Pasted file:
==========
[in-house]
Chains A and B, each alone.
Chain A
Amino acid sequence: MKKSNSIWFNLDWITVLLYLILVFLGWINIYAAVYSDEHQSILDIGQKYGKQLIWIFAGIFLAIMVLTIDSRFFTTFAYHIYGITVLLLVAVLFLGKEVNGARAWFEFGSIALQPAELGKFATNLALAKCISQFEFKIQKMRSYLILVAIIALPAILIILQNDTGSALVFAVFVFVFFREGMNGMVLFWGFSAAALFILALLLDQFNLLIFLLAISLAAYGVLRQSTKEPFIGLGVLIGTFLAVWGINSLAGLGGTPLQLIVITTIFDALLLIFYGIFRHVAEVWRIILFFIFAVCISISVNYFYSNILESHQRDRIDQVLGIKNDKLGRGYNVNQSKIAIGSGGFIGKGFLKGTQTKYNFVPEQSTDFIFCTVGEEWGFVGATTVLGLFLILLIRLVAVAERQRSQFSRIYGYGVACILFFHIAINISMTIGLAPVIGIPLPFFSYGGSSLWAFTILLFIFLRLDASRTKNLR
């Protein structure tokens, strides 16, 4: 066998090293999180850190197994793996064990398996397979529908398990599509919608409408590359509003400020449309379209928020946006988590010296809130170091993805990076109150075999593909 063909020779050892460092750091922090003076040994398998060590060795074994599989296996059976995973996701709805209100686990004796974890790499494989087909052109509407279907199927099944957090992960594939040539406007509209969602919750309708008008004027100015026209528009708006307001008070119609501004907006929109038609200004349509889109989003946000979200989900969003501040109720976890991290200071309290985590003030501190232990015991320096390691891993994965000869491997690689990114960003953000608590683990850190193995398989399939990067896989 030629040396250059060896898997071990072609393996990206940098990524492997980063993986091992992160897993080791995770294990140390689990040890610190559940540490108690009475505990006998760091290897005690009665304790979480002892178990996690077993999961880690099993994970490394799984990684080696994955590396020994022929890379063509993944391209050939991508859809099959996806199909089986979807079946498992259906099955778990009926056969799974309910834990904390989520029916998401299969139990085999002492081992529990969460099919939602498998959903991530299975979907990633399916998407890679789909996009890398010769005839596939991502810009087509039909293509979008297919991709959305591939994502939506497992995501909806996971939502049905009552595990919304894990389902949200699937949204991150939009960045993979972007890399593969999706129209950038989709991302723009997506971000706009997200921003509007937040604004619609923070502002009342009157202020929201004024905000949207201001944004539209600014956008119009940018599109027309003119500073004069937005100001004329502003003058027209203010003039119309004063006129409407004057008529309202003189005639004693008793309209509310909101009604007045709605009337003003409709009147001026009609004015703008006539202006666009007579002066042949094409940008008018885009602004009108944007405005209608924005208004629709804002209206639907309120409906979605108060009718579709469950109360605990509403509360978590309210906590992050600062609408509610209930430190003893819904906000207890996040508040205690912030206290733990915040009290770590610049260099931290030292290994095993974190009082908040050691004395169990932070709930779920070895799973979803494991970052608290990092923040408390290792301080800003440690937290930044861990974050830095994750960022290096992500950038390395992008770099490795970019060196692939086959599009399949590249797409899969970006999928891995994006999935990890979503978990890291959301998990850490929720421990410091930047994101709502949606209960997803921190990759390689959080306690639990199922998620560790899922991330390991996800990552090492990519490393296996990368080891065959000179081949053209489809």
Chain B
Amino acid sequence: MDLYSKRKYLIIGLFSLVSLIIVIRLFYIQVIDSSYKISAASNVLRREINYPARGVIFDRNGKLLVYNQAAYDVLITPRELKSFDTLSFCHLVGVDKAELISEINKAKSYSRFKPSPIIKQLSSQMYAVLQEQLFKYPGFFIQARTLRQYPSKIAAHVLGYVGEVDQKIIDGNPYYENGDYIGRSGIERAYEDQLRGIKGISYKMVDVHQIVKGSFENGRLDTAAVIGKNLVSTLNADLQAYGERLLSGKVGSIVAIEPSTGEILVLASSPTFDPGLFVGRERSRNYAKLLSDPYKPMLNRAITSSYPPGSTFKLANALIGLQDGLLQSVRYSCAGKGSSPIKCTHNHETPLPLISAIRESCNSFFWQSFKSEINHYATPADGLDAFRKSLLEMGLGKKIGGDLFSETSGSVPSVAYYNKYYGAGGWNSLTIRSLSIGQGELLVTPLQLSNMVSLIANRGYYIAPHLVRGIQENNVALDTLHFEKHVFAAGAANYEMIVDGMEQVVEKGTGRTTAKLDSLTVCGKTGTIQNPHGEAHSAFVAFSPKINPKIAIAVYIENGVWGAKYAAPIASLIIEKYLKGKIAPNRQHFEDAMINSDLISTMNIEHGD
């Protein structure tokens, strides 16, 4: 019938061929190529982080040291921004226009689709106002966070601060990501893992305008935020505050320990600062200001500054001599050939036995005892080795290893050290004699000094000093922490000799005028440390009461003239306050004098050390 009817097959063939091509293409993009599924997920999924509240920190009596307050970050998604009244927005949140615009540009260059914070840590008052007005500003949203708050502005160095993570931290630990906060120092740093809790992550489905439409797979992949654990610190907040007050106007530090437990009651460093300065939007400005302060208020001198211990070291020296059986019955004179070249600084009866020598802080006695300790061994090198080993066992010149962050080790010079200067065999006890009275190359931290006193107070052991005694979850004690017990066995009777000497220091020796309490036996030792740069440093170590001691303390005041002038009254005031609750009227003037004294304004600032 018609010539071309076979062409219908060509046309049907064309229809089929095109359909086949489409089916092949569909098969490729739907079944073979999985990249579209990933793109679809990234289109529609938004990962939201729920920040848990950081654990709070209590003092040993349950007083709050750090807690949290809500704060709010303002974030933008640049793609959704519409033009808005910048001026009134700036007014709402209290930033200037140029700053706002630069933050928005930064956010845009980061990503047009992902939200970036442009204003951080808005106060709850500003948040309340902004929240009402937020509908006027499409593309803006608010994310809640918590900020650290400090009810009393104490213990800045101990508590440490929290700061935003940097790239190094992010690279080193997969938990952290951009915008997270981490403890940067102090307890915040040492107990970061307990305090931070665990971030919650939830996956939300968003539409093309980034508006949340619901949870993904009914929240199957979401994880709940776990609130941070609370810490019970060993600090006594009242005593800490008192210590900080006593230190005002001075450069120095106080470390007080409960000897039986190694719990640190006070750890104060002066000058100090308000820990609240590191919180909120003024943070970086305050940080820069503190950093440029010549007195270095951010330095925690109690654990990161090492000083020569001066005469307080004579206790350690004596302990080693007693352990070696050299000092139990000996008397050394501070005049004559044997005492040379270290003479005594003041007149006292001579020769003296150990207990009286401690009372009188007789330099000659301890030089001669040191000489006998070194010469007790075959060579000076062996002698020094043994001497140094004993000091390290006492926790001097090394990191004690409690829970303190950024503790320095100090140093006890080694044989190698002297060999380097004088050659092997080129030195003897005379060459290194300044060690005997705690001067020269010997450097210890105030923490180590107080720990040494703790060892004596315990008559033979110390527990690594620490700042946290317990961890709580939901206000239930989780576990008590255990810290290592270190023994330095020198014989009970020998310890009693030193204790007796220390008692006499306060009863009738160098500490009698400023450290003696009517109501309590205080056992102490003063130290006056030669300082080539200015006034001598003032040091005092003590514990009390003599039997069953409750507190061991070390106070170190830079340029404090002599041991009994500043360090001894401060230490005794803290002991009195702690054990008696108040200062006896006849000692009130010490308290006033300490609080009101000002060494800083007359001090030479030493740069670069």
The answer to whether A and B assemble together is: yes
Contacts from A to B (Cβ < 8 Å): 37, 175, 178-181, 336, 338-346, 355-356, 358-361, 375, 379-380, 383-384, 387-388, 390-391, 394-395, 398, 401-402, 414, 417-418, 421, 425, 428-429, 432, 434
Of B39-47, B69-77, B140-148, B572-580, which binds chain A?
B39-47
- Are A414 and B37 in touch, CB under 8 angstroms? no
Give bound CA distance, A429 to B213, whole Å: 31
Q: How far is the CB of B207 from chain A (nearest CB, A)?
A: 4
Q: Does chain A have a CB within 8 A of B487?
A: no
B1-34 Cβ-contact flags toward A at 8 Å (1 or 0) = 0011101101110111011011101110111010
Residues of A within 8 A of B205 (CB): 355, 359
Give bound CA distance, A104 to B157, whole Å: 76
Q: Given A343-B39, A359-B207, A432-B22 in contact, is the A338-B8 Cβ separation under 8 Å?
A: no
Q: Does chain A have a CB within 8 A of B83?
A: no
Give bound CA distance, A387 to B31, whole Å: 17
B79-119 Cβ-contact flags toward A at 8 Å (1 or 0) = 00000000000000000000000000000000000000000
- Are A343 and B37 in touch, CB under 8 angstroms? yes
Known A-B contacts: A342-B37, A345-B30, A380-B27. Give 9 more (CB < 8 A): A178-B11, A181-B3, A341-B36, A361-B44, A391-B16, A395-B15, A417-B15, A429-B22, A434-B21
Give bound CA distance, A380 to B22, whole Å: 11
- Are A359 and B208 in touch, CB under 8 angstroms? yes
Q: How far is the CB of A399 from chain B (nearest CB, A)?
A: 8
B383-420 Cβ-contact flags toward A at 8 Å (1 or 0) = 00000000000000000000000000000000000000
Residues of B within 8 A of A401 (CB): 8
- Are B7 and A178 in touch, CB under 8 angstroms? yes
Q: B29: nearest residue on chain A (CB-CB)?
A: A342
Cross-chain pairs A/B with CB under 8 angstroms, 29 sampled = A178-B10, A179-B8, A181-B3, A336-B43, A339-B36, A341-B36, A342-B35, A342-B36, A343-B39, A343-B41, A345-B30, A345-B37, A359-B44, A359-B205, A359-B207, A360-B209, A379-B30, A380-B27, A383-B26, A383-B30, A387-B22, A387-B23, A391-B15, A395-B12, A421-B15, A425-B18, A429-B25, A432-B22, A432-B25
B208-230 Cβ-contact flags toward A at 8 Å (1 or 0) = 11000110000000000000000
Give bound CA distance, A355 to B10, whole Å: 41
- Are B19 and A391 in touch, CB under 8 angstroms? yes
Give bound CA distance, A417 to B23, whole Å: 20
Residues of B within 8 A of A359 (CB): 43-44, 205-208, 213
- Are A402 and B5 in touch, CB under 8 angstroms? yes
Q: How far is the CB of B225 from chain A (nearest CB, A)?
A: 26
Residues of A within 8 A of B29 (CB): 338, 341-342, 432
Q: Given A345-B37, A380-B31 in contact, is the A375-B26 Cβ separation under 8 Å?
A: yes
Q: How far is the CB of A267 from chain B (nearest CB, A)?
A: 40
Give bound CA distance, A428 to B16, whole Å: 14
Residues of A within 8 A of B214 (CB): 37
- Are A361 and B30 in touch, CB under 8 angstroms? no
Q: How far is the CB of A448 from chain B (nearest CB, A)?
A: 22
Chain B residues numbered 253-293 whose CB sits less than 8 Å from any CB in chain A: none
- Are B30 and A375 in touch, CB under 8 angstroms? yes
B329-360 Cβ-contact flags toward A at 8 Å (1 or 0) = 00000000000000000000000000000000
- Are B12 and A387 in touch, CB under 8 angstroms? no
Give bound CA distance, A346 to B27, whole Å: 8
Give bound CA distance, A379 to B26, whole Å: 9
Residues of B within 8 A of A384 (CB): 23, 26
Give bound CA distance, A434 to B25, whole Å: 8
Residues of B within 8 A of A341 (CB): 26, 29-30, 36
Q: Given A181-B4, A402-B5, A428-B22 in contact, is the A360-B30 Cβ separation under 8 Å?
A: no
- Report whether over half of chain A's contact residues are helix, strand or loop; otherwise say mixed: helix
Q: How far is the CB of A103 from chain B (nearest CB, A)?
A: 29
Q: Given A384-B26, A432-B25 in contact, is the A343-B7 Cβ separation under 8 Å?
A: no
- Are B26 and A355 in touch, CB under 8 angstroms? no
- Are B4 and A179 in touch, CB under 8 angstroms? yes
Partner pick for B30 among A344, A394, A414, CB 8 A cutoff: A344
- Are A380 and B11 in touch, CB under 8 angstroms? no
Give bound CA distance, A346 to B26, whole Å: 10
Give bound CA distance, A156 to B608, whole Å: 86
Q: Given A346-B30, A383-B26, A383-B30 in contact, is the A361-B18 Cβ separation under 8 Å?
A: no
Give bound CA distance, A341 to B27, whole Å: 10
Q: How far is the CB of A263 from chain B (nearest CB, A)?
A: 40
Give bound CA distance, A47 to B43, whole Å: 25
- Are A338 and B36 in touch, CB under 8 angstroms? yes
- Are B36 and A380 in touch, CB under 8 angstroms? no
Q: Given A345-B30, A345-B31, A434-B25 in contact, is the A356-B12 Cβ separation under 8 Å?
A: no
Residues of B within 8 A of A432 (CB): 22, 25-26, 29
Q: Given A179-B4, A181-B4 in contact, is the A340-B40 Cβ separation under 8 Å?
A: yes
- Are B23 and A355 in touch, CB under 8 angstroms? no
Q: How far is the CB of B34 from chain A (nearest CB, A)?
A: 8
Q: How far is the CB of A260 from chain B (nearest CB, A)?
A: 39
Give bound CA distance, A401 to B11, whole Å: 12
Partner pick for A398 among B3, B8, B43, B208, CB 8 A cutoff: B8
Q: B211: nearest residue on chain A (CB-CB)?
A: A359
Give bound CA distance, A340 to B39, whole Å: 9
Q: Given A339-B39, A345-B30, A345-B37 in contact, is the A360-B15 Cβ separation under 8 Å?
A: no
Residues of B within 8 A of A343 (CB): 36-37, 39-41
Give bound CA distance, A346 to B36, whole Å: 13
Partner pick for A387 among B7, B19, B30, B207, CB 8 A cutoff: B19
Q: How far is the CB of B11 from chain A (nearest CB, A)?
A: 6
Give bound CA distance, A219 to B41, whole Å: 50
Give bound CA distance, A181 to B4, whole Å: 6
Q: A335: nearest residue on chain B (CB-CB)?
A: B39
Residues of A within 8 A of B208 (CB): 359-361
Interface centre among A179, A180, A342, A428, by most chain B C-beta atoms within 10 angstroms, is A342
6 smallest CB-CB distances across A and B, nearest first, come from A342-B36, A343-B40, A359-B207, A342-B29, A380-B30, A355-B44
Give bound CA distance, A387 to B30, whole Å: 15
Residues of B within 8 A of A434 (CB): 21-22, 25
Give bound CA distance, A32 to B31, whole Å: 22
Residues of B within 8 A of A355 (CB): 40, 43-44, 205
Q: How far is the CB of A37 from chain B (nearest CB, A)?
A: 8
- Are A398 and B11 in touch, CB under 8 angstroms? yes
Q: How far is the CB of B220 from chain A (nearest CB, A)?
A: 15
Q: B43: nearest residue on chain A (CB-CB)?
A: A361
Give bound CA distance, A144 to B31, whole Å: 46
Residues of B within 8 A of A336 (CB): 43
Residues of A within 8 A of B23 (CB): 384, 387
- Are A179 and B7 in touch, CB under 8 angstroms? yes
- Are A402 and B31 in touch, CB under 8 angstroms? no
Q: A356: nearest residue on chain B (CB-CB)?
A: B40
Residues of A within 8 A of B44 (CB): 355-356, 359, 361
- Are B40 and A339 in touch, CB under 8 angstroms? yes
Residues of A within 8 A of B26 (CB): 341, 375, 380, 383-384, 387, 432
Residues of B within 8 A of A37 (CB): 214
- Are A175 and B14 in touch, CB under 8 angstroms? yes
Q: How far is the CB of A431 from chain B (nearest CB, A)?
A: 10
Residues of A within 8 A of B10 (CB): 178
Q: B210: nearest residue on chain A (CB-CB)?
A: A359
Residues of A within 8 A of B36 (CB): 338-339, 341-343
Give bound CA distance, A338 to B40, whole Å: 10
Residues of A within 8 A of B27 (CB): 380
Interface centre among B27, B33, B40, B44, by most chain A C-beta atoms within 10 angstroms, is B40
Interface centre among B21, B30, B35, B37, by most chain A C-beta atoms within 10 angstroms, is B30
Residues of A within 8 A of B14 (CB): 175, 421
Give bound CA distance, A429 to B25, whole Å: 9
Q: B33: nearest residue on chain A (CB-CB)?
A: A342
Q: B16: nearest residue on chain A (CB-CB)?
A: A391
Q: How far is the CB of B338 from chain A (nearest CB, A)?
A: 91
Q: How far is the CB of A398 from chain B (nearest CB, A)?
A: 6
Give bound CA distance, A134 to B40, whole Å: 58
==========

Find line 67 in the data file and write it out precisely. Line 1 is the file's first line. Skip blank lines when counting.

Q: Given A181-B4, A402-B5, A428-B22 in contact, is the A360-B30 Cβ separation under 8 Å?